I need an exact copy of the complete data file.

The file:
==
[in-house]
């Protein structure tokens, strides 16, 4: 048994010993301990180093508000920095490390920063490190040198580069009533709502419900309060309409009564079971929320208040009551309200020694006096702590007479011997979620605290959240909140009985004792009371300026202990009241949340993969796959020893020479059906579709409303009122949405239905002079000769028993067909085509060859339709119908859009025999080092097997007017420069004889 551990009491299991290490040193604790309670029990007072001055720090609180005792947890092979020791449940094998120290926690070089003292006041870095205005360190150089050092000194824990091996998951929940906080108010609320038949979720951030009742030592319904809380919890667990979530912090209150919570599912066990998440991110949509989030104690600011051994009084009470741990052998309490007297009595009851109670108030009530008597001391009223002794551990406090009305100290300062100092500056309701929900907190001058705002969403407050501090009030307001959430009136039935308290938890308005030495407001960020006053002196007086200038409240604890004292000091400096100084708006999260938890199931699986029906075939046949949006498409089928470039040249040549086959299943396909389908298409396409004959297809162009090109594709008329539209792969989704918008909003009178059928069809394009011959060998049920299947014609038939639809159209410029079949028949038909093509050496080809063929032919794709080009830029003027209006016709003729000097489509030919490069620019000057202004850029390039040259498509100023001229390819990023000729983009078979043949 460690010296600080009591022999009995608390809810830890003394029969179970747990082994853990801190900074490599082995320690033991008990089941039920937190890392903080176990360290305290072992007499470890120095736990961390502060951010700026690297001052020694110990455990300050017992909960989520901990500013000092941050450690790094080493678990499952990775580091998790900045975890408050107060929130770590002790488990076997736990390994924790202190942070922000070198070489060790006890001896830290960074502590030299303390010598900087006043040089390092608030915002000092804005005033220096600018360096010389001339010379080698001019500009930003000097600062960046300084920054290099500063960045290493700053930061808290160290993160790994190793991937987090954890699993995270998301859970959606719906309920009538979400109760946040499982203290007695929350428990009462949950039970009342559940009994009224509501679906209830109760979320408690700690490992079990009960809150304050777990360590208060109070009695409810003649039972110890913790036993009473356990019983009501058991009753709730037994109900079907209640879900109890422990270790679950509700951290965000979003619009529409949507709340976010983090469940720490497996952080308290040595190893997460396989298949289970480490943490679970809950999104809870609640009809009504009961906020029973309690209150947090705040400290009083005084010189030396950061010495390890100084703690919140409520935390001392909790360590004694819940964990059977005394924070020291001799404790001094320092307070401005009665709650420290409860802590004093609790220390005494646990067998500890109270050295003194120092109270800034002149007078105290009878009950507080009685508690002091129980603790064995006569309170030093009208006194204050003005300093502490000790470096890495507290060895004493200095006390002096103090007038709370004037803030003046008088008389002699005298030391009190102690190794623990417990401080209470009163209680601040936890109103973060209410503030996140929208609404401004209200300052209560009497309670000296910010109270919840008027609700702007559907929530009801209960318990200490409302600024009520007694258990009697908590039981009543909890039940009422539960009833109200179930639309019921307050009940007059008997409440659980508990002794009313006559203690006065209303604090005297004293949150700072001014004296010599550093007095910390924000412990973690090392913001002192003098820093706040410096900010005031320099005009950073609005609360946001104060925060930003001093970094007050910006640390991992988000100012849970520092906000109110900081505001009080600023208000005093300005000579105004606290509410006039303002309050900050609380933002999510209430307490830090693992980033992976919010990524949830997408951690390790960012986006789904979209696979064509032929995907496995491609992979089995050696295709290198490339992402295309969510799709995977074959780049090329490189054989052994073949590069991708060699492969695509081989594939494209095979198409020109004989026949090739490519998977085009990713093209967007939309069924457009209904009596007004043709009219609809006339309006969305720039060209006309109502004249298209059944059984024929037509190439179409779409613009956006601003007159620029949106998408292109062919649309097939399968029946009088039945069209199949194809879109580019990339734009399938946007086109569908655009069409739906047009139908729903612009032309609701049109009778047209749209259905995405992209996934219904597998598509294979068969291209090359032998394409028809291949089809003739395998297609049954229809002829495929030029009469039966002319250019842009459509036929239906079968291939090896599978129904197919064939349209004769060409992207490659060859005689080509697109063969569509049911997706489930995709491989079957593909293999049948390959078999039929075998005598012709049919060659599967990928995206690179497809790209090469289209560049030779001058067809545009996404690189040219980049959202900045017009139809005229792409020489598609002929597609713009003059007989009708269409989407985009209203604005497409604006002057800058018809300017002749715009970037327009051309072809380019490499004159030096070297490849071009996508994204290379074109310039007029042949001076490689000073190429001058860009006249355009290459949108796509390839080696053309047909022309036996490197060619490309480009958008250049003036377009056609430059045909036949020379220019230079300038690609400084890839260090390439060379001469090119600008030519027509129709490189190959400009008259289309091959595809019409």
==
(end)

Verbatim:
[in-house]
């Protein structure tokens, strides 16, 4: 048994010993301990180093508000920095490390920063490190040198580069009533709502419900309060309409009564079971929320208040009551309200020694006096702590007479011997979620605290959240909140009985004792009371300026202990009241949340993969796959020893020479059906579709409303009122949405239905002079000769028993067909085509060859339709119908859009025999080092097997007017420069004889 551990009491299991290490040193604790309670029990007072001055720090609180005792947890092979020791449940094998120290926690070089003292006041870095205005360190150089050092000194824990091996998951929940906080108010609320038949979720951030009742030592319904809380919890667990979530912090209150919570599912066990998440991110949509989030104690600011051994009084009470741990052998309490007297009595009851109670108030009530008597001391009223002794551990406090009305100290300062100092500056309701929900907190001058705002969403407050501090009030307001959430009136039935308290938890308005030495407001960020006053002196007086200038409240604890004292000091400096100084708006999260938890199931699986029906075939046949949006498409089928470039040249040549086959299943396909389908298409396409004959297809162009090109594709008329539209792969989704918008909003009178059928069809394009011959060998049920299947014609038939639809159209410029079949028949038909093509050496080809063929032919794709080009830029003027209006016709003729000097489509030919490069620019000057202004850029390039040259498509100023001229390819990023000729983009078979043949 460690010296600080009591022999009995608390809810830890003394029969179970747990082994853990801190900074490599082995320690033991008990089941039920937190890392903080176990360290305290072992007499470890120095736990961390502060951010700026690297001052020694110990455990300050017992909960989520901990500013000092941050450690790094080493678990499952990775580091998790900045975890408050107060929130770590002790488990076997736990390994924790202190942070922000070198070489060790006890001896830290960074502590030299303390010598900087006043040089390092608030915002000092804005005033220096600018360096010389001339010379080698001019500009930003000097600062960046300084920054290099500063960045290493700053930061808290160290993160790994190793991937987090954890699993995270998301859970959606719906309920009538979400109760946040499982203290007695929350428990009462949950039970009342559940009994009224509501679906209830109760979320408690700690490992079990009960809150304050777990360590208060109070009695409810003649039972110890913790036993009473356990019983009501058991009753709730037994109900079907209640879900109890422990270790679950509700951290965000979003619009529409949507709340976010983090469940720490497996952080308290040595190893997460396989298949289970480490943490679970809950999104809870609640009809009504009961906020029973309690209150947090705040400290009083005084010189030396950061010495390890100084703690919140409520935390001392909790360590004694819940964990059977005394924070020291001799404790001094320092307070401005009665709650420290409860802590004093609790220390005494646990067998500890109270050295003194120092109270800034002149007078105290009878009950507080009685508690002091129980603790064995006569309170030093009208006194204050003005300093502490000790470096890495507290060895004493200095006390002096103090007038709370004037803030003046008088008389002699005298030391009190102690190794623990417990401080209470009163209680601040936890109103973060209410503030996140929208609404401004209200300052209560009497309670000296910010109270919840008027609700702007559907929530009801209960318990200490409302600024009520007694258990009697908590039981009543909890039940009422539960009833109200179930639309019921307050009940007059008997409440659980508990002794009313006559203690006065209303604090005297004293949150700072001014004296010599550093007095910390924000412990973690090392913001002192003098820093706040410096900010005031320099005009950073609005609360946001104060925060930003001093970094007050910006640390991992988000100012849970520092906000109110900081505001009080600023208000005093300005000579105004606290509410006039303002309050900050609380933002999510209430307490830090693992980033992976919010990524949830997408951690390790960012986006789904979209696979064509032929995907496995491609992979089995050696295709290198490339992402295309969510799709995977074959780049090329490189054989052994073949590069991708060699492969695509081989594939494209095979198409020109004989026949090739490519998977085009990713093209967007939309069924457009209904009596007004043709009219609809006339309006969305720039060209006309109502004249298209059944059984024929037509190439179409779409613009956006601003007159620029949106998408292109062919649309097939399968029946009088039945069209199949194809879109580019990339734009399938946007086109569908655009069409739906047009139908729903612009032309609701049109009778047209749209259905995405992209996934219904597998598509294979068969291209090359032998394409028809291949089809003739395998297609049954229809002829495929030029009469039966002319250019842009459509036929239906079968291939090896599978129904197919064939349209004769060409992207490659060859005689080509697109063969569509049911997706489930995709491989079957593909293999049948390959078999039929075998005598012709049919060659599967990928995206690179497809790209090469289209560049030779001058067809545009996404690189040219980049959202900045017009139809005229792409020489598609002929597609713009003059007989009708269409989407985009209203604005497409604006002057800058018809300017002749715009970037327009051309072809380019490499004159030096070297490849071009996508994204290379074109310039007029042949001076490689000073190429001058860009006249355009290459949108796509390839080696053309047909022309036996490197060619490309480009958008250049003036377009056609430059045909036949020379220019230079300038690609400084890839260090390439060379001469090119600008030519027509129709490189190959400009008259289309091959595809019409």